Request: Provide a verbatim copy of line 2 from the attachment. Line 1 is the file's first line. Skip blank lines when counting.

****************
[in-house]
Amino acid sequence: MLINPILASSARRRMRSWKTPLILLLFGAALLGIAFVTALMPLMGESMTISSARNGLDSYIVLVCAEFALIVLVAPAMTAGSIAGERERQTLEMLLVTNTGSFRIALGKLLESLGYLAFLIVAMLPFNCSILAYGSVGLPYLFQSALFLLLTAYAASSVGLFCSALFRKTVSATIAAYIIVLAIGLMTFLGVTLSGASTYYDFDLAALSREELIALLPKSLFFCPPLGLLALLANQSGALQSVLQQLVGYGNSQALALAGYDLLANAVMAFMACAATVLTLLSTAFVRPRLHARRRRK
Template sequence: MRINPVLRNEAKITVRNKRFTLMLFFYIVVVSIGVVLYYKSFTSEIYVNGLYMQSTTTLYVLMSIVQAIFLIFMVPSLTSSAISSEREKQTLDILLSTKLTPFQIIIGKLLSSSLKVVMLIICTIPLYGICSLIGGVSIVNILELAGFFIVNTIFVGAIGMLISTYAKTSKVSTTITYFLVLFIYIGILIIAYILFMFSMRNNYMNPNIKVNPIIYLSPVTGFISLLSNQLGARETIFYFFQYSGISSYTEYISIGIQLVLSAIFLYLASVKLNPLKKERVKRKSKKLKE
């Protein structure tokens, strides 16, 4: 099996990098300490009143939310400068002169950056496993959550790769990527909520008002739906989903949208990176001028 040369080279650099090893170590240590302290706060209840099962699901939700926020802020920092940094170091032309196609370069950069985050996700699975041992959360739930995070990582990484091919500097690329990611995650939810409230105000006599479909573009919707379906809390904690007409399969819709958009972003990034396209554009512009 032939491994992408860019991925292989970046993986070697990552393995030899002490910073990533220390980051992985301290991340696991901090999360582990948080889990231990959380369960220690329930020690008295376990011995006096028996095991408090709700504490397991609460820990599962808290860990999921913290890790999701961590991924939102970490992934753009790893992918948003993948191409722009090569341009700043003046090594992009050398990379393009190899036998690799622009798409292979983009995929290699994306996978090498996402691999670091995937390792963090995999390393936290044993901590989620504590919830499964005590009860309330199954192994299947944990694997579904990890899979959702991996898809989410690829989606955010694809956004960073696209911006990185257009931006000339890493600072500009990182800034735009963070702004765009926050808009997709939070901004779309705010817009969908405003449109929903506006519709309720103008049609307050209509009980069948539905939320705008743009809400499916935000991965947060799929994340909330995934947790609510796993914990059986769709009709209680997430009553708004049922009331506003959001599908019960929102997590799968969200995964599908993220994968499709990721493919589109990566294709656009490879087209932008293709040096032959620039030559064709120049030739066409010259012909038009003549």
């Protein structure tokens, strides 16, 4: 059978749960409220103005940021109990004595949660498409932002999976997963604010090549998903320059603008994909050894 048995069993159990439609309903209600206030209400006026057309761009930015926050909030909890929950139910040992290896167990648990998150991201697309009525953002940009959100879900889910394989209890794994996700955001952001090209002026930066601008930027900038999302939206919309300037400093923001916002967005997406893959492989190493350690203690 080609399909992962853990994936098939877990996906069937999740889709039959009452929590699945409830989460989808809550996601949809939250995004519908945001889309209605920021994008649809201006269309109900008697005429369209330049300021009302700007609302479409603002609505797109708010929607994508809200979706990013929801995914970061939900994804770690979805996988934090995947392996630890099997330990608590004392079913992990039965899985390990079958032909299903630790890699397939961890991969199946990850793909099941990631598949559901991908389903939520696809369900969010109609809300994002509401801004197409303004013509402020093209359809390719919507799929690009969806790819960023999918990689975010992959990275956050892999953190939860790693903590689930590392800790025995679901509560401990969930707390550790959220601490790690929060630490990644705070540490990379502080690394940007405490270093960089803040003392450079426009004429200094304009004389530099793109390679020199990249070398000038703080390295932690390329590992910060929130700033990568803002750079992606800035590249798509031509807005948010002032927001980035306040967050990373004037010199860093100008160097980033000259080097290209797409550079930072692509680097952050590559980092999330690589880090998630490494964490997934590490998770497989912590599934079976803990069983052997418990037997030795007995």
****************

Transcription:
Amino acid sequence: MLINPILASSARRRMRSWKTPLILLLFGAALLGIAFVTALMPLMGESMTISSARNGLDSYIVLVCAEFALIVLVAPAMTAGSIAGERERQTLEMLLVTNTGSFRIALGKLLESLGYLAFLIVAMLPFNCSILAYGSVGLPYLFQSALFLLLTAYAASSVGLFCSALFRKTVSATIAAYIIVLAIGLMTFLGVTLSGASTYYDFDLAALSREELIALLPKSLFFCPPLGLLALLANQSGALQSVLQQLVGYGNSQALALAGYDLLANAVMAFMACAATVLTLLSTAFVRPRLHARRRRK